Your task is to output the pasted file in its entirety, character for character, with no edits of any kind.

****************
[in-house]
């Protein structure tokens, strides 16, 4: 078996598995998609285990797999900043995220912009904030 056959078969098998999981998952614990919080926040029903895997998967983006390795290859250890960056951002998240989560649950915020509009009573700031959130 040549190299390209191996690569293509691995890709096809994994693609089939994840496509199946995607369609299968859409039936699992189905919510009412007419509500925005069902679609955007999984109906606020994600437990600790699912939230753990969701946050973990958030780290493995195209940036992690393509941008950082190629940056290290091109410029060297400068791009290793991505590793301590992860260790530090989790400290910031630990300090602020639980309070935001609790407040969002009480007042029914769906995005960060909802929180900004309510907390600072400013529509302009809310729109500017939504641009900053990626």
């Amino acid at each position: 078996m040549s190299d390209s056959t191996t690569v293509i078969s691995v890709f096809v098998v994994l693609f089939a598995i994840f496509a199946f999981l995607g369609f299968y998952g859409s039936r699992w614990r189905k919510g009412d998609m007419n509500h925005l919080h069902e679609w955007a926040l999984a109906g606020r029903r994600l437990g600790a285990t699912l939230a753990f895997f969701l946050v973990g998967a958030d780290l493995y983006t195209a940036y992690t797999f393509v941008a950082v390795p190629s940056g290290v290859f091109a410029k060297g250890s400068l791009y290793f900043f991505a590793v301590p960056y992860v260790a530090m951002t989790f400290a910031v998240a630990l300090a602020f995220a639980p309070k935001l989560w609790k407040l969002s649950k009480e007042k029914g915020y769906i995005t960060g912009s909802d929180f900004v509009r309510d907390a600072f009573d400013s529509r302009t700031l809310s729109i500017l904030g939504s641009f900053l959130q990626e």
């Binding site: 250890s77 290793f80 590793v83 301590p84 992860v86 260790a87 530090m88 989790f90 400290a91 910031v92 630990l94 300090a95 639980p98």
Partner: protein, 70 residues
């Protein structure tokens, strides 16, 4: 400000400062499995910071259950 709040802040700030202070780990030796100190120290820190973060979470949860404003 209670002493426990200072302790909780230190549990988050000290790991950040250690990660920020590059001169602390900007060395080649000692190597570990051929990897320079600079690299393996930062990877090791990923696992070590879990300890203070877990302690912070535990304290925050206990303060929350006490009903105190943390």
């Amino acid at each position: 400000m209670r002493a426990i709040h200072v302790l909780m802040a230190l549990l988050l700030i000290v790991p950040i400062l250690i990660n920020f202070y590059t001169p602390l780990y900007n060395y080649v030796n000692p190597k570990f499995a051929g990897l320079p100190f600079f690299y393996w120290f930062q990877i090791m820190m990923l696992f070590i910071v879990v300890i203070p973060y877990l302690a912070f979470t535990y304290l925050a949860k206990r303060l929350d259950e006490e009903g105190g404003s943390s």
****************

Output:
[in-house]
């Protein structure tokens, strides 16, 4: 078996598995998609285990797999900043995220912009904030 056959078969098998999981998952614990919080926040029903895997998967983006390795290859250890960056951002998240989560649950915020509009009573700031959130 040549190299390209191996690569293509691995890709096809994994693609089939994840496509199946995607369609299968859409039936699992189905919510009412007419509500925005069902679609955007999984109906606020994600437990600790699912939230753990969701946050973990958030780290493995195209940036992690393509941008950082190629940056290290091109410029060297400068791009290793991505590793301590992860260790530090989790400290910031630990300090602020639980309070935001609790407040969002009480007042029914769906995005960060909802929180900004309510907390600072400013529509302009809310729109500017939504641009900053990626």
């Amino acid at each position: 078996m040549s190299d390209s056959t191996t690569v293509i078969s691995v890709f096809v098998v994994l693609f089939a598995i994840f496509a199946f999981l995607g369609f299968y998952g859409s039936r699992w614990r189905k919510g009412d998609m007419n509500h925005l919080h069902e679609w955007a926040l999984a109906g606020r029903r994600l437990g600790a285990t699912l939230a753990f895997f969701l946050v973990g998967a958030d780290l493995y983006t195209a940036y992690t797999f393509v941008a950082v390795p190629s940056g290290v290859f091109a410029k060297g250890s400068l791009y290793f900043f991505a590793v301590p960056y992860v260790a530090m951002t989790f400290a910031v998240a630990l300090a602020f995220a639980p309070k935001l989560w609790k407040l969002s649950k009480e007042k029914g915020y769906i995005t960060g912009s909802d929180f900004v509009r309510d907390a600072f009573d400013s529509r302009t700031l809310s729109i500017l904030g939504s641009f900053l959130q990626e």
């Binding site: 250890s77 290793f80 590793v83 301590p84 992860v86 260790a87 530090m88 989790f90 400290a91 910031v92 630990l94 300090a95 639980p98």
Partner: protein, 70 residues
């Protein structure tokens, strides 16, 4: 400000400062499995910071259950 709040802040700030202070780990030796100190120290820190973060979470949860404003 209670002493426990200072302790909780230190549990988050000290790991950040250690990660920020590059001169602390900007060395080649000692190597570990051929990897320079600079690299393996930062990877090791990923696992070590879990300890203070877990302690912070535990304290925050206990303060929350006490009903105190943390």
């Amino acid at each position: 400000m209670r002493a426990i709040h200072v302790l909780m802040a230190l549990l988050l700030i000290v790991p950040i400062l250690i990660n920020f202070y590059t001169p602390l780990y900007n060395y080649v030796n000692p190597k570990f499995a051929g990897l320079p100190f600079f690299y393996w120290f930062q990877i090791m820190m990923l696992f070590i910071v879990v300890i203070p973060y877990l302690a912070f979470t535990y304290l925050a949860k206990r303060l929350d259950e006490e009903g105190g404003s943390s």